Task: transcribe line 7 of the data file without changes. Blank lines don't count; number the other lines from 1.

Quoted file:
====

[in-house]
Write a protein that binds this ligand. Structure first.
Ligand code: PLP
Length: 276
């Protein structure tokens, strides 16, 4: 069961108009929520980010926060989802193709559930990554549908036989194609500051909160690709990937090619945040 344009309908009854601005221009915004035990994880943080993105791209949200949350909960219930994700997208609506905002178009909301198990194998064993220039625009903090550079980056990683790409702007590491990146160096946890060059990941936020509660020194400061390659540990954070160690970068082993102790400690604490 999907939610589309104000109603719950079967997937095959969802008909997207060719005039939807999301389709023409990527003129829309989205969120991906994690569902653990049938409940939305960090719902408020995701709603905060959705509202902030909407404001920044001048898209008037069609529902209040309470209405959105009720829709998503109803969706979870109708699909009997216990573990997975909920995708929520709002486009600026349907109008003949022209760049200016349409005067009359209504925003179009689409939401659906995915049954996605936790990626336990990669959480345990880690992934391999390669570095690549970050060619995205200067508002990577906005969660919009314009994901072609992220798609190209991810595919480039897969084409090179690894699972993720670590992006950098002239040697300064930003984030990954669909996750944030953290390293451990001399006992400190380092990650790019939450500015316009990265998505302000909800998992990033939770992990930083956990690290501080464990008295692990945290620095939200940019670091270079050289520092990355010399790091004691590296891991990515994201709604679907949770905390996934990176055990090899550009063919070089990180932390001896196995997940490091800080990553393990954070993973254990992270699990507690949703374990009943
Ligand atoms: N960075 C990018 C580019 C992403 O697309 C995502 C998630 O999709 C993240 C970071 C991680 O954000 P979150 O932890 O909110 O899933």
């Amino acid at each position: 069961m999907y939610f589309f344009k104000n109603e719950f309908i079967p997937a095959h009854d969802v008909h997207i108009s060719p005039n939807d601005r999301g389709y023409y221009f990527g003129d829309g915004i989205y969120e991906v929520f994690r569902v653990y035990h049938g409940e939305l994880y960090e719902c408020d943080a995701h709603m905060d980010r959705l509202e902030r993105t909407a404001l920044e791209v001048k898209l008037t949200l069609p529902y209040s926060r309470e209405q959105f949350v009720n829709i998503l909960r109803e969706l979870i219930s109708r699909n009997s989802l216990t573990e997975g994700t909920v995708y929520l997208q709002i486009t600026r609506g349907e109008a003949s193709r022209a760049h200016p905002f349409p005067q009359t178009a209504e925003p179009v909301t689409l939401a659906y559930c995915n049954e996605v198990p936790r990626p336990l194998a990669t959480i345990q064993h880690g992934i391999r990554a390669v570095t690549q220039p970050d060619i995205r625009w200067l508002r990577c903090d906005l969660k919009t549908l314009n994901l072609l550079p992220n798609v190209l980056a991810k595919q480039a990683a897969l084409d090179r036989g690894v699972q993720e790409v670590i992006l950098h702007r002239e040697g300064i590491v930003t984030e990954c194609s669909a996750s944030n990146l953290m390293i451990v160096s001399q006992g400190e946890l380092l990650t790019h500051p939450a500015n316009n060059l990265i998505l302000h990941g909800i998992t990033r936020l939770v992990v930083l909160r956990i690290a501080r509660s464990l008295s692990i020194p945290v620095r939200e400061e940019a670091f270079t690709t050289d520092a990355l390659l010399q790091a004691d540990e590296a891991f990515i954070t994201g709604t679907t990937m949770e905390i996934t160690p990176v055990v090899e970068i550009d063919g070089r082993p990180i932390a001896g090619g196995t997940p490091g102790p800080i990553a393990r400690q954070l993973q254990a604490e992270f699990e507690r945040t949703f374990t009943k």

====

């Amino acid at each position: 069961m999907y939610f589309f344009k104000n109603e719950f309908i079967p997937a095959h009854d969802v008909h997207i108009s060719p005039n939807d601005r999301g389709y023409y221009f990527g003129d829309g915004i989205y969120e991906v929520f994690r569902v653990y035990h049938g409940e939305l994880y960090e719902c408020d943080a995701h709603m905060d980010r959705l509202e902030r993105t909407a404001l920044e791209v001048k898209l008037t949200l069609p529902y209040s926060r309470e209405q959105f949350v009720n829709i998503l909960r109803e969706l979870i219930s109708r699909n009997s989802l216990t573990e997975g994700t909920v995708y929520l997208q709002i486009t600026r609506g349907e109008a003949s193709r022209a760049h200016p905002f349409p005067q009359t178009a209504e925003p179009v909301t689409l939401a659906y559930c995915n049954e996605v198990p936790r990626p336990l194998a990669t959480i345990q064993h880690g992934i391999r990554a390669v570095t690549q220039p970050d060619i995205r625009w200067l508002r990577c903090d906005l969660k919009t549908l314009n994901l072609l550079p992220n798609v190209l980056a991810k595919q480039a990683a897969l084409d090179r036989g690894v699972q993720e790409v670590i992006l950098h702007r002239e040697g300064i590491v930003t984030e990954c194609s669909a996750s944030n990146l953290m390293i451990v160096s001399q006992g400190e946890l380092l990650t790019h500051p939450a500015n316009n060059l990265i998505l302000h990941g909800i998992t990033r936020l939770v992990v930083l909160r956990i690290a501080r509660s464990l008295s692990i020194p945290v620095r939200e400061e940019a670091f270079t690709t050289d520092a990355l390659l010399q790091a004691d540990e590296a891991f990515i954070t994201g709604t679907t990937m949770e905390i996934t160690p990176v055990v090899e970068i550009d063919g070089r082993p990180i932390a001896g090619g196995t997940p490091g102790p800080i990553a393990r400690q954070l993973q254990a604490e992270f699990e507690r945040t949703f374990t009943k």